Elderly Pig Special Needs
For each pet-owner (or I should say “servant for our babies”) one of the hardest things to deal with when our babies become infirm. One of the most important things we can do for our human and pig children is to manage their weight. Many of the pigs I have taken in have been kept in former homes in very tight quarters without the opportunity for exercise. On top of this they are often fed cheap dog food that is the equivalent of humans eating hay to meet our nutritional requirements. When I see them for the first time they may have scars on their abdomens as their bellies are so huge they drag on the ground. These babies are most at risk of having to be put down not because of their hearts or other internal problems but because they develop arthritis so quickly in their short legs. I have had several pigs come in who were quite young but had to roll to get around as their knees would not support their weight. What makes things more difficult is that pot belly pigs are very sedentary by nature. It can take over 6 months of very careful feeding (NOT dieting, just extremely careful food measurements) for any change. In addition I place small amounts of food as far apart as possible in the pasture for the obese pig (while other pigs kept inside) in order to encourage exercise.
Invariably all pigs are going to develop arthritis of their knees and will move more stiffly and slowly than in the past. With the first signs of joint problems I start Glucosamine-Chondroitin-MSM powder or pellets available for horses and just guesstimate a dose based on weight (no harm in getting extra.) I will then also talk to my vet and start my pig on an anti-inflammatory Meloxicam daily, similar to Ibuprofen but easier on the stomach and just once a day dosing.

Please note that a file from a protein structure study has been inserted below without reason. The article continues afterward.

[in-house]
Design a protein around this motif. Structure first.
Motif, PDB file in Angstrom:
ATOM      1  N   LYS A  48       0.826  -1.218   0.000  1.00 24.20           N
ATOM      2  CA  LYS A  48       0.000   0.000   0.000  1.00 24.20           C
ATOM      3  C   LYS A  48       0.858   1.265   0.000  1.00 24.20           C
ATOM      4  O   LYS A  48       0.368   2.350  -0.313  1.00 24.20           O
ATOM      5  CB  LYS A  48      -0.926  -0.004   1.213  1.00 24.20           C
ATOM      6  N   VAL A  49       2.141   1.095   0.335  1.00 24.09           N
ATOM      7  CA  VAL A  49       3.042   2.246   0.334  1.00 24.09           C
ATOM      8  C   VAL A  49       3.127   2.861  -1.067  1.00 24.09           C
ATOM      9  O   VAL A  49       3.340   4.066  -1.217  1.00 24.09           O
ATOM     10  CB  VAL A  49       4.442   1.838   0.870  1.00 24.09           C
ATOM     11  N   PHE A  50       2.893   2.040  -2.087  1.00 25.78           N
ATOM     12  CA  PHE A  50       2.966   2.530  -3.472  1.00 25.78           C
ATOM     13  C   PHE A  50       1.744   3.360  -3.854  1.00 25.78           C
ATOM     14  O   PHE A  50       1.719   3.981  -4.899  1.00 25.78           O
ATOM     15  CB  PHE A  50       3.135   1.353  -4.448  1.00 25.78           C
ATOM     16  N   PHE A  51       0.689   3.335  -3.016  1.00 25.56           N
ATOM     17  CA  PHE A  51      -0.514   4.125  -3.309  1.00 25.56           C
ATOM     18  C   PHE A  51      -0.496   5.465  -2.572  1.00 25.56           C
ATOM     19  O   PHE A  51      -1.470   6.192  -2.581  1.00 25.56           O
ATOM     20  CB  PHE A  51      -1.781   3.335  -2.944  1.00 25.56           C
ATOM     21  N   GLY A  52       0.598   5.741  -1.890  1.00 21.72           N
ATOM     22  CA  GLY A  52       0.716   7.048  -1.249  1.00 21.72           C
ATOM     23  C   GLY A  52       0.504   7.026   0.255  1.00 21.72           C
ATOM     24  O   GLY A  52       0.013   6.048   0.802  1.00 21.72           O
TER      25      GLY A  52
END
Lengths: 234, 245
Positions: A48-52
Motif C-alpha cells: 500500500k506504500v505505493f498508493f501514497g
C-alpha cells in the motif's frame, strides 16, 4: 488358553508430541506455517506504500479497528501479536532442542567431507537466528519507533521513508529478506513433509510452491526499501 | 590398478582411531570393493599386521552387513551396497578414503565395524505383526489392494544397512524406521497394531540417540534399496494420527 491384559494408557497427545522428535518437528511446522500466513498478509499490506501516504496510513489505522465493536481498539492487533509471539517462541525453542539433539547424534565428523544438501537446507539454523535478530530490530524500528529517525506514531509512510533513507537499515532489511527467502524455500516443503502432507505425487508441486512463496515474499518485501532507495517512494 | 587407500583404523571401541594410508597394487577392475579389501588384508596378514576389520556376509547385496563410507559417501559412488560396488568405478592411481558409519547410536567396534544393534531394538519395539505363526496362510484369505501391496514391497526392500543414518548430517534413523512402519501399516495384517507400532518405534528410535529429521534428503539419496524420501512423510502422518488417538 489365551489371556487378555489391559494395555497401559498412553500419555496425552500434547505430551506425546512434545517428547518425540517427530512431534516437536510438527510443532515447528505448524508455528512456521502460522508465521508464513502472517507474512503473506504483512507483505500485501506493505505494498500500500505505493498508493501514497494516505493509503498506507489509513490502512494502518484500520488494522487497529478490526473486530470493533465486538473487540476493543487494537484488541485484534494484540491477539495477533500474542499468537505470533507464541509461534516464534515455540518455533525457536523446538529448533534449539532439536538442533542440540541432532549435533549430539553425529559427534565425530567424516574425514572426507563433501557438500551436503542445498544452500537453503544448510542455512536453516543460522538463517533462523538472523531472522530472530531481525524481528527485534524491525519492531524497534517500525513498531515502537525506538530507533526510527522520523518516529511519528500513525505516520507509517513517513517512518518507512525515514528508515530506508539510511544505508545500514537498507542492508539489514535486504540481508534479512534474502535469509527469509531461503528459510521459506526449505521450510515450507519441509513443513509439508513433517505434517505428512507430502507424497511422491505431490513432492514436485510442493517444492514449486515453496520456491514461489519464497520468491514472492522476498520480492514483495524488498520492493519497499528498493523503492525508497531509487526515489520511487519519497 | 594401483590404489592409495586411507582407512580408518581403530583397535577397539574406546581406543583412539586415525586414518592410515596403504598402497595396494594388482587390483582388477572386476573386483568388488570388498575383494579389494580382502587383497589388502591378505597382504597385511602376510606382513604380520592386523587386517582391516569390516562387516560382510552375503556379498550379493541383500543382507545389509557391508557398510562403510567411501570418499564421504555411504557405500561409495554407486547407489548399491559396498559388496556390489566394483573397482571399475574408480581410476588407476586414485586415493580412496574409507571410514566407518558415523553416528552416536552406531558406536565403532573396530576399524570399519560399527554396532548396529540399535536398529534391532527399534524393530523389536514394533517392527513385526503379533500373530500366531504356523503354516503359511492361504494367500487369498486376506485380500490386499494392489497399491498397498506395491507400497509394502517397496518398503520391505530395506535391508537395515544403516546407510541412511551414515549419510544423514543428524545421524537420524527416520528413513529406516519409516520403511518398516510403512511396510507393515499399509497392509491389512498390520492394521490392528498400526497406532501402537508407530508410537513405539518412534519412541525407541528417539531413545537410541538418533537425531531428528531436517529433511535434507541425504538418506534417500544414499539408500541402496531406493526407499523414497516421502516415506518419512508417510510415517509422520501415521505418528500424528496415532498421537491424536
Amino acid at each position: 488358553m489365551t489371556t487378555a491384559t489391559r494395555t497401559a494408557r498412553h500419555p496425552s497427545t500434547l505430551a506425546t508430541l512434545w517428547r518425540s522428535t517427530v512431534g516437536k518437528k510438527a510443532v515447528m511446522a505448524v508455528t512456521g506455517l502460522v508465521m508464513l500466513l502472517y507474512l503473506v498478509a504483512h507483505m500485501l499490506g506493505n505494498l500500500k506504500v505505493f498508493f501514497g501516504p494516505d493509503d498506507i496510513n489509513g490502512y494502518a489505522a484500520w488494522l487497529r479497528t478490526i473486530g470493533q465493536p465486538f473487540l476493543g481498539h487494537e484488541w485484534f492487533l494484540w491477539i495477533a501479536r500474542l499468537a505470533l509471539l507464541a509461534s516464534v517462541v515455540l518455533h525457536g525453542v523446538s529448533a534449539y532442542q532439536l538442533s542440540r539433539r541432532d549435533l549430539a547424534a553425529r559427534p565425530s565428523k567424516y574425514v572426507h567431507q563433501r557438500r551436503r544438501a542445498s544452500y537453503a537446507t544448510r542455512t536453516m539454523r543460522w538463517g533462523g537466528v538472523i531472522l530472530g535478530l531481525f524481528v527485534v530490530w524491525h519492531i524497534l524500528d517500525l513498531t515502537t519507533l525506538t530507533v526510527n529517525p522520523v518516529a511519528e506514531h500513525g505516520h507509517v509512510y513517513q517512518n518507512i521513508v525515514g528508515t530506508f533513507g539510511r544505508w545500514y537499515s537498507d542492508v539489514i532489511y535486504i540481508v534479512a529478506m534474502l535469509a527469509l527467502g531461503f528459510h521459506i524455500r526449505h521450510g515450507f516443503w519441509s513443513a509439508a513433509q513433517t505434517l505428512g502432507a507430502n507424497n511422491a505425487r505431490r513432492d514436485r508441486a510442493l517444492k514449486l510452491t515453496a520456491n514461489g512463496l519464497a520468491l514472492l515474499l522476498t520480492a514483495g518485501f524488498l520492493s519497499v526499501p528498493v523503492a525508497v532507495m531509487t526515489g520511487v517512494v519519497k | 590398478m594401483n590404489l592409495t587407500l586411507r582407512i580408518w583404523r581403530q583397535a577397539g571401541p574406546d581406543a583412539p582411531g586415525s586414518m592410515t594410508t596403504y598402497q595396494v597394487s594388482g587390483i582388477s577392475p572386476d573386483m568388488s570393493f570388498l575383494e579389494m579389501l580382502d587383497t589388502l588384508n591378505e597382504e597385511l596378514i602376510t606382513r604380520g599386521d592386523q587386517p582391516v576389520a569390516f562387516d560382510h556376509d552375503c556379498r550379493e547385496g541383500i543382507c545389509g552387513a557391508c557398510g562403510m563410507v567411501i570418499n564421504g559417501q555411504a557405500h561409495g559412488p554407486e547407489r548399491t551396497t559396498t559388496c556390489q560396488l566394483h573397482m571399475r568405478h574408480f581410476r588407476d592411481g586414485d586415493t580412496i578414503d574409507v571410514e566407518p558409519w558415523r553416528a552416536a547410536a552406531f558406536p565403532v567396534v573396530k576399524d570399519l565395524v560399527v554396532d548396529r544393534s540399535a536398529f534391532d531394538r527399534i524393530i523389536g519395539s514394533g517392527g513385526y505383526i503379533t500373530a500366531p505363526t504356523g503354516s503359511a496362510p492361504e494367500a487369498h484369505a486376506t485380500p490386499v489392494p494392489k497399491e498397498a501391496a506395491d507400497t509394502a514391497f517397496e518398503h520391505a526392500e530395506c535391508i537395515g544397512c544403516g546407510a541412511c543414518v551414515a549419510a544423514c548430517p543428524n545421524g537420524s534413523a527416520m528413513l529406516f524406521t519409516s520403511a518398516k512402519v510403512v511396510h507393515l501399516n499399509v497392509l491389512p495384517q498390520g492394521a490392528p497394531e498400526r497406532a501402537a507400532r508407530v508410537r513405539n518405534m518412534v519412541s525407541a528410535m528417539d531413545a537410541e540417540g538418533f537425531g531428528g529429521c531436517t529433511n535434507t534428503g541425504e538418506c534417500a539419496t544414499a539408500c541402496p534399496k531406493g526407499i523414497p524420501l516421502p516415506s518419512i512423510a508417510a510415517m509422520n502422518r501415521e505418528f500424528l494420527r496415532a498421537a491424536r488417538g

If my pigs develop an infection, an easily treatable medical or surgical problem I will do whatever is necessary to get them better. However, should they develop a cancer that requires chemotherapy, there is need for dialysis or diet restrictions that would make my pigs unhappy I see no point to allow further suffering.
When my pigs are no longer able to get up to come for communal eating or have trouble getting outside to do their duty it is their time to pass over. I recognize that it is our natural selfishness at not wanting to lose a loved one that often delays the decision to call the Vet for compassionate euthanasia. Over the years I have become much better at allowing my children peace when it is time. We must remember that animals are instinctively going to cover up any sign of weakness (as then they would be the most likely taken by a predator) and so by the time we SEE changes, our piggies have likely been suffering for some time.
I find it comforting to have the ashes of all my animal children mixed together in a large trunk knowing that eventually I will join them.